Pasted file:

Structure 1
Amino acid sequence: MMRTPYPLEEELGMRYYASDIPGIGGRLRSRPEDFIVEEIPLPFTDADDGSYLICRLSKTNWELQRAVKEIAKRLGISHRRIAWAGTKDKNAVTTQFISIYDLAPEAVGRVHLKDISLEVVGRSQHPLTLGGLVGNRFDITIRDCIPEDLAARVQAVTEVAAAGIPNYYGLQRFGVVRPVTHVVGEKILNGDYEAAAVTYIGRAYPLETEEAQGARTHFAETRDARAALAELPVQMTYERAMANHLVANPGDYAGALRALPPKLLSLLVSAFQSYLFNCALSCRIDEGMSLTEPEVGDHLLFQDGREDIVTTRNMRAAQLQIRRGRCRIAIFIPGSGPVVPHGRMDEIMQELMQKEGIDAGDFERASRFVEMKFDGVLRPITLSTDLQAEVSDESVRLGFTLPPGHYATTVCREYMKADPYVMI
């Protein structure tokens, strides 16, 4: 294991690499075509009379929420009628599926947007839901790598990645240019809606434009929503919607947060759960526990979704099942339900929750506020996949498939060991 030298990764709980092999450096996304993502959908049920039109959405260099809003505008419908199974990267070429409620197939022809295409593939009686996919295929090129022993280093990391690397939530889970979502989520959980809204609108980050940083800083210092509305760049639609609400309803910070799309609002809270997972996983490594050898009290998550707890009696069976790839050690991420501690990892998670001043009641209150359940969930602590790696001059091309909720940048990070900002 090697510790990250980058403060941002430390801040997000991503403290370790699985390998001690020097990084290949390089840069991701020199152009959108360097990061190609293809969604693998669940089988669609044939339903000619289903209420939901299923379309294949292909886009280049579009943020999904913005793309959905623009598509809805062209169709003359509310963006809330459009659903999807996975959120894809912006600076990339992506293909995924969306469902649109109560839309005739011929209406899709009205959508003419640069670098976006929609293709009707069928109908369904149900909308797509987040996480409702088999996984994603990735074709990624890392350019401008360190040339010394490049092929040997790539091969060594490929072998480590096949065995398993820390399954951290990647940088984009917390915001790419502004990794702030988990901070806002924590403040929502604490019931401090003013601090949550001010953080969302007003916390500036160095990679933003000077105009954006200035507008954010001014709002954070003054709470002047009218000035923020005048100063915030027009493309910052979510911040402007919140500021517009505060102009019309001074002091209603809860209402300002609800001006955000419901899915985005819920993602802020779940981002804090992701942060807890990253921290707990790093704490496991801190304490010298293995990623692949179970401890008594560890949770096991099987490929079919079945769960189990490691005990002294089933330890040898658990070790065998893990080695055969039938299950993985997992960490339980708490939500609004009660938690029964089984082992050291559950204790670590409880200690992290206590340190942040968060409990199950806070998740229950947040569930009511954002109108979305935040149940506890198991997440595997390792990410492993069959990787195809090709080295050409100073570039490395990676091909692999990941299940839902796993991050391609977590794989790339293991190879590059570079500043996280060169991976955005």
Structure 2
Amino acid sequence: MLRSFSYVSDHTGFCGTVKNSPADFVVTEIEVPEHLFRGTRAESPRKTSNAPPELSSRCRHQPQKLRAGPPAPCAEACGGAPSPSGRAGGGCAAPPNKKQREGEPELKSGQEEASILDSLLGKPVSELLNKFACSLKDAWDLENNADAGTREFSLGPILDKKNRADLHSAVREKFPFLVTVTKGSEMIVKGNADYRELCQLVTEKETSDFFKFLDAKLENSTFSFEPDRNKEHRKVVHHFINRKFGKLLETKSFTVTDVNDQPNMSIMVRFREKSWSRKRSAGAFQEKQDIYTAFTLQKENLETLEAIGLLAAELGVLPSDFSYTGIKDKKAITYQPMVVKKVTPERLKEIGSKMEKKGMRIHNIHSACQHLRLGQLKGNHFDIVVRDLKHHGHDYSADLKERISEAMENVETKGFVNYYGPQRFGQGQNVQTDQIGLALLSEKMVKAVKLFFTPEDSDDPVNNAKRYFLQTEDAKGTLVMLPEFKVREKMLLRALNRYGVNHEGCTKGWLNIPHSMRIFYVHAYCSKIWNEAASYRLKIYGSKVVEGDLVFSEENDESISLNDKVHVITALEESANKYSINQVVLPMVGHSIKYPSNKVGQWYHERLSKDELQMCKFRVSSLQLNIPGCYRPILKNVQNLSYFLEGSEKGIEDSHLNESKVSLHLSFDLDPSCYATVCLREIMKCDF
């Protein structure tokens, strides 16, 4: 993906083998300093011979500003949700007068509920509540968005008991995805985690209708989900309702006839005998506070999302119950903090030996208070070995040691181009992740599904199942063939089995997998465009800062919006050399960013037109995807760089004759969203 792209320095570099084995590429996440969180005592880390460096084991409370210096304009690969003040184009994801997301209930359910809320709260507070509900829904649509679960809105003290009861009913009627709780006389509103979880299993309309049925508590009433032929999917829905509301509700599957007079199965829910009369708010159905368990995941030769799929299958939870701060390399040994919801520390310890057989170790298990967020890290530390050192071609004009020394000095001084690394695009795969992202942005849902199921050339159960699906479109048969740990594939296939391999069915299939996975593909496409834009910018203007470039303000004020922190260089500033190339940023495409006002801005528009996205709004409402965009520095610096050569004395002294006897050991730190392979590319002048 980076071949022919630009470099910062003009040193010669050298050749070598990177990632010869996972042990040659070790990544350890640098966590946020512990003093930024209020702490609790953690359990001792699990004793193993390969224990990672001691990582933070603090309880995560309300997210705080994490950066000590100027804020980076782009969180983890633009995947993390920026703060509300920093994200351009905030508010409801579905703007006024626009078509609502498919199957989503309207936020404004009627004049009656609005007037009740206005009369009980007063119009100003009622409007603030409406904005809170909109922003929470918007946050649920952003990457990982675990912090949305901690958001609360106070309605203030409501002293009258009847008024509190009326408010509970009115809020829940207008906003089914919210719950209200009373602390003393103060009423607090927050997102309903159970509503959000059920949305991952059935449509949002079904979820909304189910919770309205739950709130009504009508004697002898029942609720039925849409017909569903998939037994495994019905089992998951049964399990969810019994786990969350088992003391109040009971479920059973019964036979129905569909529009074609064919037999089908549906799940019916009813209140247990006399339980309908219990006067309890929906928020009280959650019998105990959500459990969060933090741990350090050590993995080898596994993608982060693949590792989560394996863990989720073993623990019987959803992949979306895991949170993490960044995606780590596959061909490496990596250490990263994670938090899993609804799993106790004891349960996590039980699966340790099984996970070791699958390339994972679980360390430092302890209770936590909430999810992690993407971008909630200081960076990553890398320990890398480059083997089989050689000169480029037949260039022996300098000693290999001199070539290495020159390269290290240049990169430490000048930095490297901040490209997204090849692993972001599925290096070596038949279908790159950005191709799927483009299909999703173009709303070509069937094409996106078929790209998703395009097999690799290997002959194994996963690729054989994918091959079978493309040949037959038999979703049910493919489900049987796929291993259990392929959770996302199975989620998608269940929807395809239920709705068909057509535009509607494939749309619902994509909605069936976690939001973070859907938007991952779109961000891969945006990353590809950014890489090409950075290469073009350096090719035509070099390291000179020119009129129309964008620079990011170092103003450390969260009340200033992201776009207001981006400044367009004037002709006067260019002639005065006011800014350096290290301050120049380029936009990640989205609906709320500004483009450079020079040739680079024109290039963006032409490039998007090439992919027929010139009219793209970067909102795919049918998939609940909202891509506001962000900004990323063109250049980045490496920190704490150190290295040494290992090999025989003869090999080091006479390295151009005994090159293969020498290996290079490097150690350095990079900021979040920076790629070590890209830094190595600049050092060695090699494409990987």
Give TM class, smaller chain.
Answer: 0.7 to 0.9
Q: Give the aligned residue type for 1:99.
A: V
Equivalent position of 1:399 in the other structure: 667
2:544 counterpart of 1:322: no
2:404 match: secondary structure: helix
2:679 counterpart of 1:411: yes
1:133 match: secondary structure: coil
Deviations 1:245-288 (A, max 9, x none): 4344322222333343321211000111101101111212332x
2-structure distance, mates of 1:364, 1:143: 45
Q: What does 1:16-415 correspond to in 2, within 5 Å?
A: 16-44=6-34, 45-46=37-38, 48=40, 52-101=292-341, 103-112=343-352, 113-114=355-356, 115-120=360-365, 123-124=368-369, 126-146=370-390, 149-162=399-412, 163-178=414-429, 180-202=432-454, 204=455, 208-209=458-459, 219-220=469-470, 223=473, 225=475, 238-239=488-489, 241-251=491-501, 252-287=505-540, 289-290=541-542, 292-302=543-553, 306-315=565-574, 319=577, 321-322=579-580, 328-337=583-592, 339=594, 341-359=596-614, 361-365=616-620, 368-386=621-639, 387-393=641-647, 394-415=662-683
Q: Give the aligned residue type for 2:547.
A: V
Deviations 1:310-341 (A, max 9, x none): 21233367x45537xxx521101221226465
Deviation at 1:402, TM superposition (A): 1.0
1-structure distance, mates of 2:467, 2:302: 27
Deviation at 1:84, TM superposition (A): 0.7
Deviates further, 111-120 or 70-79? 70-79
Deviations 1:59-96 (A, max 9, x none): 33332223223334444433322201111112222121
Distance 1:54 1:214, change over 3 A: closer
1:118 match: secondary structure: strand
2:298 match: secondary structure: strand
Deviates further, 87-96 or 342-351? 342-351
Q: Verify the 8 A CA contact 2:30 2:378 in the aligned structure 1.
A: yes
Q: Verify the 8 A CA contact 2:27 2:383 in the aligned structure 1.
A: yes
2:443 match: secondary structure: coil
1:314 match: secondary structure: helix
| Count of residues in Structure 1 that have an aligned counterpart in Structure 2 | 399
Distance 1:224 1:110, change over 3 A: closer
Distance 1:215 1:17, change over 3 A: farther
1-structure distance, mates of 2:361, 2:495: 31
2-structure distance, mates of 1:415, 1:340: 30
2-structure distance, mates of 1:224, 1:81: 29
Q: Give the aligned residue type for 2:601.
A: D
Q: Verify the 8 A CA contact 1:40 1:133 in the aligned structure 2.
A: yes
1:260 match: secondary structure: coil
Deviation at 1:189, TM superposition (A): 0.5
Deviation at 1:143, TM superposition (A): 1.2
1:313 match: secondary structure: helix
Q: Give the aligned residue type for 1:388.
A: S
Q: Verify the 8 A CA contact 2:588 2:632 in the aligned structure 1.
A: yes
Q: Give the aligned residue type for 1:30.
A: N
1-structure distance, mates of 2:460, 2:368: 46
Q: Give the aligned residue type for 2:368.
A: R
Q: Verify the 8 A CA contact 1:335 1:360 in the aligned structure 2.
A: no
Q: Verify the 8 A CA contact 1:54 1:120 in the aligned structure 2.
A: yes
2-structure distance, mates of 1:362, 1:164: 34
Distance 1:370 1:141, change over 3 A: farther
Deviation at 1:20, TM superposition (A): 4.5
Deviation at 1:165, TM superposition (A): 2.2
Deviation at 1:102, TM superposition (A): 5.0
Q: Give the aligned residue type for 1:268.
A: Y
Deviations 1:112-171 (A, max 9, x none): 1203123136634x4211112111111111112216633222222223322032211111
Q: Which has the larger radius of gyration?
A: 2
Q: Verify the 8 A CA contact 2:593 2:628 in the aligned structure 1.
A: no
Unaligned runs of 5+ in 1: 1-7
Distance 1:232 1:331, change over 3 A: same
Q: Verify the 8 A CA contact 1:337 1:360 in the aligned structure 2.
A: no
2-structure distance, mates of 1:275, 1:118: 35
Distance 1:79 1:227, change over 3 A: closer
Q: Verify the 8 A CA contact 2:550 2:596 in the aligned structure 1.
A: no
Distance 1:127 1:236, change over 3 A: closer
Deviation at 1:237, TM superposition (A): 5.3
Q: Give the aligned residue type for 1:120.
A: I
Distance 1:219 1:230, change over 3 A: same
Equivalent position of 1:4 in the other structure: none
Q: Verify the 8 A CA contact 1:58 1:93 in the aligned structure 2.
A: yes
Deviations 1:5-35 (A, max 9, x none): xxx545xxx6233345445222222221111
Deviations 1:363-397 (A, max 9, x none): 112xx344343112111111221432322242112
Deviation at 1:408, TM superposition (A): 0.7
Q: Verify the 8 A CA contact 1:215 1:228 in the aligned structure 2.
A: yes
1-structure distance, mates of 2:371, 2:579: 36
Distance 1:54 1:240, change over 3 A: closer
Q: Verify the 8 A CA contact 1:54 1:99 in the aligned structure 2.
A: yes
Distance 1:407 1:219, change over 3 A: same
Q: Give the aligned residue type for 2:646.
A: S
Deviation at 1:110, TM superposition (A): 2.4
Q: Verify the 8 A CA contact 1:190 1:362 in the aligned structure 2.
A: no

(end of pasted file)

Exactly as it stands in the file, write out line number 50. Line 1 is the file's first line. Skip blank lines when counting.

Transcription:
Deviation at 1:143, TM superposition (A): 1.2